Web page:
One of the signature tools that the Garfield Foundation advocates for in its collaborative networks projects is system mapping. System mapping is a way of visually capturing the things that influence a system and their relationships to each other. Doing this can lead to insights about high-leverage ways to shift the system, which in turn can help groups act more strategically.
That’s the theory, at least, and it’s one that’s widely espoused. But it’s also vastly oversimplified with some problematic assumptions.
The first assumption is that people can make sense of these maps in the first place. It doesn’t take long before a map becomes challenging to understand. One of the best maps I’ve seen is the one that emerged from the Hawaii Quality of Life project.
This map was constructed skillfully and thoughtfully and is easily browsable thanks to the wonderful tool, Kumu. But it still takes some time to wrap your head around it, and most system maps are significantly harder to understand than this one.
The second assumption is that the map represents a good model of reality. This depends on your definition of “good.” The quality of the map depends on its sources. How do you know if those sources are correct? Furthermore, in complex systems, nuances are critical, because small shifts can lead to big changes. How do you know if your model has captured the “right” nuances?
My friend and mentor, Jeff Conklin, likes to say, “All models are wrong. But that doesn’t mean they can’t be useful.” System mapping is a wonderful way of building shared understanding and trust. If I see my worldview represented in a system map, and if that map is used in my conversation with other stakeholders, I can see that others are truly listening to me and vice-versa. We can see our (sometimes surprising) common ground, and we can better understand our differences. That leads to higher-quality strategy and collaboration.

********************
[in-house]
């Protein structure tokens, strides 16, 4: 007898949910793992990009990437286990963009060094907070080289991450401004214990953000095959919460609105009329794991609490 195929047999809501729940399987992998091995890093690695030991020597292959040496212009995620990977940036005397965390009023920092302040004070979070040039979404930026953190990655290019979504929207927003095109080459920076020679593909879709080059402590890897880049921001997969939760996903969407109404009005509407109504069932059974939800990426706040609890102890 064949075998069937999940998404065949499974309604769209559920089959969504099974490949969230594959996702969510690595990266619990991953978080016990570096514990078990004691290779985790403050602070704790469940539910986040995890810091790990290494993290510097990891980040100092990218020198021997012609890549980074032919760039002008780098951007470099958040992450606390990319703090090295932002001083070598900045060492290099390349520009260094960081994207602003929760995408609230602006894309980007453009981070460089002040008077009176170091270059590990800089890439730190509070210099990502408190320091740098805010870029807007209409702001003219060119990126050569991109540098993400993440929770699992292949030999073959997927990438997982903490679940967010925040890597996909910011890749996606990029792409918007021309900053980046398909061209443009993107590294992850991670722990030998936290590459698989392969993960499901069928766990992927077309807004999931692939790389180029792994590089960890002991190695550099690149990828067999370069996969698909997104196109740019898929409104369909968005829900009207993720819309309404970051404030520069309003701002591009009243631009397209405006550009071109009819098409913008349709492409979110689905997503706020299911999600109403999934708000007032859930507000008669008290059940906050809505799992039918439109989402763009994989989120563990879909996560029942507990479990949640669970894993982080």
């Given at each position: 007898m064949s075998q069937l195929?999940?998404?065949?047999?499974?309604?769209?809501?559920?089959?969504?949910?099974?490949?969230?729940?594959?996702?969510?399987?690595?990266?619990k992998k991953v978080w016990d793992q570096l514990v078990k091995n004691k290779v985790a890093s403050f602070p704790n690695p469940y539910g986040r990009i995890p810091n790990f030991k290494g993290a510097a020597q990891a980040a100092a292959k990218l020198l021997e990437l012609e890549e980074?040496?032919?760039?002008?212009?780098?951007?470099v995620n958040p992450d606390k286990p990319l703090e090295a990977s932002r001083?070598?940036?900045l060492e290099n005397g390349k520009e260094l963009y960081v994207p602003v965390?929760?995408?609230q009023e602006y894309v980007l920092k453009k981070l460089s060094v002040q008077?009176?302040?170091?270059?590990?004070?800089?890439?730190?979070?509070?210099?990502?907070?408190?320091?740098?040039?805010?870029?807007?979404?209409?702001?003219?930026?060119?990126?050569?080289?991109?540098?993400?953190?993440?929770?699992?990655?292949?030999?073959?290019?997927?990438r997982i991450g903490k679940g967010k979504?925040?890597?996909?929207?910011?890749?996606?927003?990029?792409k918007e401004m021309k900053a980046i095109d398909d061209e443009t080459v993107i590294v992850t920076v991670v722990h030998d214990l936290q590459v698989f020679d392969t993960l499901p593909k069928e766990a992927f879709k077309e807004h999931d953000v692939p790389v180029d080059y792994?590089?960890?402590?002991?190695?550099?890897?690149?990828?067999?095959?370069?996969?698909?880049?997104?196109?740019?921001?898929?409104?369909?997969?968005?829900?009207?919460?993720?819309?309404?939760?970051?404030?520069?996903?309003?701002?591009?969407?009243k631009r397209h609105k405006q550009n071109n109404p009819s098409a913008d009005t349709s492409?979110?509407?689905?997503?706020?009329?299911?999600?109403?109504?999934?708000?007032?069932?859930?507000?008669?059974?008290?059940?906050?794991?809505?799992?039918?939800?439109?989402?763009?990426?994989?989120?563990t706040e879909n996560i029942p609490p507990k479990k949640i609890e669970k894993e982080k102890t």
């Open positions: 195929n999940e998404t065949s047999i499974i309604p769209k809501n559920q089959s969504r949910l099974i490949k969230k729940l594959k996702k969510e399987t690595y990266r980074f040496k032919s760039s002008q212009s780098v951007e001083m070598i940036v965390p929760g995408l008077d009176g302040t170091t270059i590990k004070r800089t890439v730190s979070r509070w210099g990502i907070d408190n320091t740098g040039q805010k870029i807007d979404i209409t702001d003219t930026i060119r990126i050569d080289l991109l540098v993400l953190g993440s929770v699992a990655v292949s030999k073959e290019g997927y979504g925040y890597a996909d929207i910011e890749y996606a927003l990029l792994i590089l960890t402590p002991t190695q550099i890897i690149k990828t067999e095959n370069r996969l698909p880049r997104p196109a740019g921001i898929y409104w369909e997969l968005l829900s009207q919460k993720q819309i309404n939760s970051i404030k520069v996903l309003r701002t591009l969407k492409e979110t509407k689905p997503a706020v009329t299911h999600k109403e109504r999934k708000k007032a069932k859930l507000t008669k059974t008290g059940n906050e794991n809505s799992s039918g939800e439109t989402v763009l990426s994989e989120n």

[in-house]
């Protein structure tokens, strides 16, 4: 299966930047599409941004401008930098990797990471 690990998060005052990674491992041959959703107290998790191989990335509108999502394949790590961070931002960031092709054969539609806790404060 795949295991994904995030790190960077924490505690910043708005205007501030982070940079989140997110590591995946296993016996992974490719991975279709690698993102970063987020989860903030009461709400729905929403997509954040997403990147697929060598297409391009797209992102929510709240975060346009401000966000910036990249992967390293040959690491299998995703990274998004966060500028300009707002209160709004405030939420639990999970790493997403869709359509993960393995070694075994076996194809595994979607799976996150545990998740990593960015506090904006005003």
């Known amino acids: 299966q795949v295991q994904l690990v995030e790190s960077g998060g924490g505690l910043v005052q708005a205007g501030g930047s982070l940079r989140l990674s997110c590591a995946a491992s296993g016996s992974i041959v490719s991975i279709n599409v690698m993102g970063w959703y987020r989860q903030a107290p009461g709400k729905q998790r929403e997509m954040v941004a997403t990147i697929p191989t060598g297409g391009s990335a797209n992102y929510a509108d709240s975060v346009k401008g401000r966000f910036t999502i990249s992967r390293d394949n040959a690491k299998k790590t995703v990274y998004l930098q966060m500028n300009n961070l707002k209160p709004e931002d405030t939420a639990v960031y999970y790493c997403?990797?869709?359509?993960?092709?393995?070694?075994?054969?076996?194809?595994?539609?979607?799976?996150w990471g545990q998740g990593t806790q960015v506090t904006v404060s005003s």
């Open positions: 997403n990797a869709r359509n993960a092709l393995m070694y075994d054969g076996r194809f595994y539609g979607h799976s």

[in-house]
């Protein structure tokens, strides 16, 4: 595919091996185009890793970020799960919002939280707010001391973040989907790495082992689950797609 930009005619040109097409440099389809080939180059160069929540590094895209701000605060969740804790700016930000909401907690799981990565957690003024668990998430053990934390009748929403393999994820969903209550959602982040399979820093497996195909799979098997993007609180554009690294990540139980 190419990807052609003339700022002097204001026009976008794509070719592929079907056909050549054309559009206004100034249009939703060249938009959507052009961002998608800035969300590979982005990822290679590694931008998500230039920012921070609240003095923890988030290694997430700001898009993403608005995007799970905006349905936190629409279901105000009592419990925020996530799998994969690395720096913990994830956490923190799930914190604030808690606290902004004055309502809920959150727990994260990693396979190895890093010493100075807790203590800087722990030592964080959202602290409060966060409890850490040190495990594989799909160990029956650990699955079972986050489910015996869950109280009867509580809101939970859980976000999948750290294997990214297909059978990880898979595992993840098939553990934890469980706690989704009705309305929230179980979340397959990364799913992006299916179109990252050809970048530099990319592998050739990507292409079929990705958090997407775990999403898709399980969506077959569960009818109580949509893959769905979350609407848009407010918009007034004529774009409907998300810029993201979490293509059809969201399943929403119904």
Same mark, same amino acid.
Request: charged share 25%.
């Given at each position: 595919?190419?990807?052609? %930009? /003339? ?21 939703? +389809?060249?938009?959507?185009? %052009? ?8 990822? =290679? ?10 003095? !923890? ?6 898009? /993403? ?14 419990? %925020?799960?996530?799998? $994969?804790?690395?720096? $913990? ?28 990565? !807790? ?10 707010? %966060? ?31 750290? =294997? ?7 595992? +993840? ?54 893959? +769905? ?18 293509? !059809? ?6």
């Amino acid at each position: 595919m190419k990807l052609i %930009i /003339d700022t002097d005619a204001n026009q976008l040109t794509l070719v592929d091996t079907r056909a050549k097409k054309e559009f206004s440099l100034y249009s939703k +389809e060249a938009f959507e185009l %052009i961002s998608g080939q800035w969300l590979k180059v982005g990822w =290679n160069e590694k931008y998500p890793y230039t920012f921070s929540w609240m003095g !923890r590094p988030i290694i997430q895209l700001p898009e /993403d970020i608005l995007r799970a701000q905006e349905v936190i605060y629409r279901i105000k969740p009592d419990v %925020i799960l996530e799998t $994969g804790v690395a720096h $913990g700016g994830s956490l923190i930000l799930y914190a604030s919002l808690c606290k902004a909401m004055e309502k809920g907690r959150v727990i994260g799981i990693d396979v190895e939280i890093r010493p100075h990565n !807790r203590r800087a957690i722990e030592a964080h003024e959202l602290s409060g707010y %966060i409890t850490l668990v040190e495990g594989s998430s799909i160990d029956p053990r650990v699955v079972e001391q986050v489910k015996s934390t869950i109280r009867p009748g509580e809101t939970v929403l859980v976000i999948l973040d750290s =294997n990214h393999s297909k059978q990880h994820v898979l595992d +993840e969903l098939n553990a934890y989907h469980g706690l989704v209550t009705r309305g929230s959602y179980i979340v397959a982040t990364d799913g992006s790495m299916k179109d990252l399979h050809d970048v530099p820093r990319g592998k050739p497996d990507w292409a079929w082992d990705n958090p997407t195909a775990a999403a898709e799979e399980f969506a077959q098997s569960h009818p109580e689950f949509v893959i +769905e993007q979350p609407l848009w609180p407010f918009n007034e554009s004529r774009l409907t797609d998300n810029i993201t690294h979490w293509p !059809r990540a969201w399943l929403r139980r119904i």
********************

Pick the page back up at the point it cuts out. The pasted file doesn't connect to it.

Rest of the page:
Reframing the mapping this way helps route around these problematic assumptions while also placing greater importance on how the maps get constructed and how they are used. If participants play an active role in constructing the map, they will better understand it and feel greater ownership over it. If they see it as a tool for understanding each other, they are less likely to be led astray by the false gods of rigor. If they understand the inherent limitations of the model, they are more likely to treat potential strategies as hypotheses to be explored rather than hard truths to be followed at all costs.
The third assumption is that people will be able to change their minds once they see and agree on a map of the system. This is the most challenging assumption of all, because it assumes that we are rational, which we are not.
Our system mapper, Joe Hsueh, recently wrote a wonderful post, “Why the human touch is key to unlocking systems change,” where he explained the critical importance of starting with self before looking at others.
Systems change with multi-stakeholder groups in a complex system is very hard. People get stuck in their respective positions and entrenched interests, refusing to be told they are the ones need to change. One simple phenomenon about change – we like to change others, but none of us like to be changed. Just think about the ones closest to us – our spouses, children, parents – how often are we truly successful in changing others?
In my year volunteering at a Buddhist monastery and charity organization, I learned I cannot change people. What I can do is to cultivate my curiosity to see a person for who she is and the compassion to love her as much as I can. Seeing a person for who she is the first act of love. When I am being seen for whom I am without judgment, it opens up a space for me to see myself authentically and give me the self awareness and choice to be my best Self.